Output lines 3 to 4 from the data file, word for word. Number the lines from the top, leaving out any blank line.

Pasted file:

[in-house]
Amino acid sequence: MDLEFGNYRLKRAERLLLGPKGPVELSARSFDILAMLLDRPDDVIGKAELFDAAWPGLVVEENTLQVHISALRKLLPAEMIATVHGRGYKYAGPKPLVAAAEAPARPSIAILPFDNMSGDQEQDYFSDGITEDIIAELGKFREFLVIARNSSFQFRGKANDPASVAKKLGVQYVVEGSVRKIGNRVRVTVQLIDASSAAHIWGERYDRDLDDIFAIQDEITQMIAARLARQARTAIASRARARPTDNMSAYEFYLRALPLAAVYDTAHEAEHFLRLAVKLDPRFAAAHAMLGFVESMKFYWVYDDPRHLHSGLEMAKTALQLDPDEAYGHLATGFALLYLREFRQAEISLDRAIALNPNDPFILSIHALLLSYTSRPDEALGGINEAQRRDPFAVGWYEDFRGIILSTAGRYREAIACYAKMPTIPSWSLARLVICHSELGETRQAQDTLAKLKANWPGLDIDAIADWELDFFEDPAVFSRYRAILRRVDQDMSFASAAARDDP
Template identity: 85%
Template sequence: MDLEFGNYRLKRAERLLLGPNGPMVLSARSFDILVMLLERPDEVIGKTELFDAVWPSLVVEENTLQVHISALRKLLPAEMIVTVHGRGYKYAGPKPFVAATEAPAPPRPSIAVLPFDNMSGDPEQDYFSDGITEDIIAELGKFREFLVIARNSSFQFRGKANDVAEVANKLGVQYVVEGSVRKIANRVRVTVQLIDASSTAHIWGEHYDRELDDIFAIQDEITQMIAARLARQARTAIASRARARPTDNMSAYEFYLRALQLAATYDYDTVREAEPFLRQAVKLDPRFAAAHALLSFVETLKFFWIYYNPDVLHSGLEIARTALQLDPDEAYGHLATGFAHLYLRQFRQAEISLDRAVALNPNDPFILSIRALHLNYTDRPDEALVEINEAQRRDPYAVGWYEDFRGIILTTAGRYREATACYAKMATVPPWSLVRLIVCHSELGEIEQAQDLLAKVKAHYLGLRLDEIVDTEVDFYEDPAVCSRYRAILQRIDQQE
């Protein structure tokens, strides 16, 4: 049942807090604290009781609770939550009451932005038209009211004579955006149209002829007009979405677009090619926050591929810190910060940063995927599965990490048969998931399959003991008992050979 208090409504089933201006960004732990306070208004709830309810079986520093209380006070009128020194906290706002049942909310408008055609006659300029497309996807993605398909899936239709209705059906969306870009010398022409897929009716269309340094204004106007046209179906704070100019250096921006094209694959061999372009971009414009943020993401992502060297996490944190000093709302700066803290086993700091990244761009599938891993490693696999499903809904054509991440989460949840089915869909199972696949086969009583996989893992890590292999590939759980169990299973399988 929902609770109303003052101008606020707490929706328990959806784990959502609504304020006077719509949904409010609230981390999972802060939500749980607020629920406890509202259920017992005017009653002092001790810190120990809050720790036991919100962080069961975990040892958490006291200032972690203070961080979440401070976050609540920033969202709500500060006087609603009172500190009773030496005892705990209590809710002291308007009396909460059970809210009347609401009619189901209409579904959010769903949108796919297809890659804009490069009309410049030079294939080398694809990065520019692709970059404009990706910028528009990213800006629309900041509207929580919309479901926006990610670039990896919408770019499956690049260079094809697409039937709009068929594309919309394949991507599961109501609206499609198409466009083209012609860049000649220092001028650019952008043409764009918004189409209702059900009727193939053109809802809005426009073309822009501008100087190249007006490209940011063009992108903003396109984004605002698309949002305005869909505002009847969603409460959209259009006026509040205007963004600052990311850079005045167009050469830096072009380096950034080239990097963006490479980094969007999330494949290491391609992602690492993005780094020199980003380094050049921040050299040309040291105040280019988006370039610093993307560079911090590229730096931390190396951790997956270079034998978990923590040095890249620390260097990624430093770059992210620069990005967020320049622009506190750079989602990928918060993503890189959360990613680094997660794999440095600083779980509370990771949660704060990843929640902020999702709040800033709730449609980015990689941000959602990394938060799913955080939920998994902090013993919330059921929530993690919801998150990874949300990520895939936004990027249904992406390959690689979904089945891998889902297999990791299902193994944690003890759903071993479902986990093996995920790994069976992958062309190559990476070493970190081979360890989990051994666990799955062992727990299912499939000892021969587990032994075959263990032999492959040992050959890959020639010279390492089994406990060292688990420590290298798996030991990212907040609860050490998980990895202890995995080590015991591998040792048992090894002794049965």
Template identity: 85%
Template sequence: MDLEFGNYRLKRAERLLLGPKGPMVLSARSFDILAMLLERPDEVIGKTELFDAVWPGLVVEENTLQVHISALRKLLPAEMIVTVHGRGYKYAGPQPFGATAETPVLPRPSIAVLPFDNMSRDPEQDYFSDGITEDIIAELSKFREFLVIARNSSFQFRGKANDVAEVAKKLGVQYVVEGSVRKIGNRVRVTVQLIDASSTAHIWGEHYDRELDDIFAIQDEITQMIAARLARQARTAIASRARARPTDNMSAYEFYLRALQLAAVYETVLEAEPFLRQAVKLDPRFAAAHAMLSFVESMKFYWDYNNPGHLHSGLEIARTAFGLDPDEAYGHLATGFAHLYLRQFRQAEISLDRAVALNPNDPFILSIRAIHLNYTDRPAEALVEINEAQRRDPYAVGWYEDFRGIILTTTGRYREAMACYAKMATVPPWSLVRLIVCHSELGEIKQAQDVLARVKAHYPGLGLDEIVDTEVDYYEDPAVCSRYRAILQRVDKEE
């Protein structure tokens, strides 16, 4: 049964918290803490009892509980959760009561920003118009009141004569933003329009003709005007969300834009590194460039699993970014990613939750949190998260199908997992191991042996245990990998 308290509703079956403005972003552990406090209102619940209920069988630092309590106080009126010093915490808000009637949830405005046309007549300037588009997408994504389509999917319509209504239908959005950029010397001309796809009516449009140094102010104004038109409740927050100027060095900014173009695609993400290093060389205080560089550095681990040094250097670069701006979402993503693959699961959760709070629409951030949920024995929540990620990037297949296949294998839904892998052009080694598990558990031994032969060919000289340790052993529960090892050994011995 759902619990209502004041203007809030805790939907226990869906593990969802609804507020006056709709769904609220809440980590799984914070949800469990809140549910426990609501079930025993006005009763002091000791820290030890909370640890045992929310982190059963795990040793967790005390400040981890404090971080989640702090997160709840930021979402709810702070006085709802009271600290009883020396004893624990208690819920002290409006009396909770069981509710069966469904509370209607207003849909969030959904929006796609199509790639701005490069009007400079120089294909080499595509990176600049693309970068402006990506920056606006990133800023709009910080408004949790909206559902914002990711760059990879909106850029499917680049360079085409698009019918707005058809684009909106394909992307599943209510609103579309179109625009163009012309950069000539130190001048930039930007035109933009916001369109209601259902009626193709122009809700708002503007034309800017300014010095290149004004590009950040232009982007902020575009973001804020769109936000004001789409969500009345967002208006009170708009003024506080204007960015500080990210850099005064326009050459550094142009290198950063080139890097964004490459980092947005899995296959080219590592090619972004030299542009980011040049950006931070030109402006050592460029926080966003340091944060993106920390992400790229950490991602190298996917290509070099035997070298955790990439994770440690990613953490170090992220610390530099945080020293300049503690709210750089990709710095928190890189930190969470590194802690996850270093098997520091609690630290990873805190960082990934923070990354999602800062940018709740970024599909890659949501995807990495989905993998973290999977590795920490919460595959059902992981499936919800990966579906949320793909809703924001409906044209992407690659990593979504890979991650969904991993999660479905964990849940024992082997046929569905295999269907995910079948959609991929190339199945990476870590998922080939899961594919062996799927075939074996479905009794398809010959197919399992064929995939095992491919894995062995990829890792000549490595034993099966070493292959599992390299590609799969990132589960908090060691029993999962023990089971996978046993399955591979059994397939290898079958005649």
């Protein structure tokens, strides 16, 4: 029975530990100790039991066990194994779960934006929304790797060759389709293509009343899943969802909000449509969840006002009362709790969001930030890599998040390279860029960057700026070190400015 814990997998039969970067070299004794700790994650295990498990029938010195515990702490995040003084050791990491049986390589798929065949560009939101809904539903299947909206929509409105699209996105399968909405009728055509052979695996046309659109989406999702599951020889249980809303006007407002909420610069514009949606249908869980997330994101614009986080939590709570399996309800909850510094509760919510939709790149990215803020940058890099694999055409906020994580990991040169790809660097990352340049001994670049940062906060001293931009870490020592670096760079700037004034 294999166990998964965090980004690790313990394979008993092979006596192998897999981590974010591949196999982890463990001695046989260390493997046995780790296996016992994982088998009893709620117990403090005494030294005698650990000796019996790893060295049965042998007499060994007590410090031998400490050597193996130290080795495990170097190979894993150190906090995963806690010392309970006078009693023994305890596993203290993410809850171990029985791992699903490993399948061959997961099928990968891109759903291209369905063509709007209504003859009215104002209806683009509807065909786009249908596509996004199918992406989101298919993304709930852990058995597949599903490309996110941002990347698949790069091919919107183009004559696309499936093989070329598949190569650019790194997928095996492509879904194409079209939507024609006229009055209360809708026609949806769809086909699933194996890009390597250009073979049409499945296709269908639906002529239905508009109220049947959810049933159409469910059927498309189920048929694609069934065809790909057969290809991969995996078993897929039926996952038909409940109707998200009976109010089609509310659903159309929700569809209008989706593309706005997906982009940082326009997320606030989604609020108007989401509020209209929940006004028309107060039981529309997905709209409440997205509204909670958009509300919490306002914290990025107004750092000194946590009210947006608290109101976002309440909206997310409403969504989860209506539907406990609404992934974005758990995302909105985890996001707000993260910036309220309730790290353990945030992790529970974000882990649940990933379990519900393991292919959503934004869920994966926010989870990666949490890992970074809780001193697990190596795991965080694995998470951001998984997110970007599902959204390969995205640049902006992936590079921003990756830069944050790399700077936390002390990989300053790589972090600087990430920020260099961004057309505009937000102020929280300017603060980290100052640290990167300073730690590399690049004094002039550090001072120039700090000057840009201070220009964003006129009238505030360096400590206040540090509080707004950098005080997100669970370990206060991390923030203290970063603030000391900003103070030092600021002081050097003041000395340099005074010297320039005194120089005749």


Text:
Template identity: 85%
Template sequence: MDLEFGNYRLKRAERLLLGPNGPMVLSARSFDILVMLLERPDEVIGKTELFDAVWPSLVVEENTLQVHISALRKLLPAEMIVTVHGRGYKYAGPKPFVAATEAPAPPRPSIAVLPFDNMSGDPEQDYFSDGITEDIIAELGKFREFLVIARNSSFQFRGKANDVAEVANKLGVQYVVEGSVRKIANRVRVTVQLIDASSTAHIWGEHYDRELDDIFAIQDEITQMIAARLARQARTAIASRARARPTDNMSAYEFYLRALQLAATYDYDTVREAEPFLRQAVKLDPRFAAAHALLSFVETLKFFWIYYNPDVLHSGLEIARTALQLDPDEAYGHLATGFAHLYLRQFRQAEISLDRAVALNPNDPFILSIRALHLNYTDRPDEALVEINEAQRRDPYAVGWYEDFRGIILTTAGRYREATACYAKMATVPPWSLVRLIVCHSELGEIEQAQDLLAKVKAHYLGLRLDEIVDTEVDFYEDPAVCSRYRAILQRIDQQE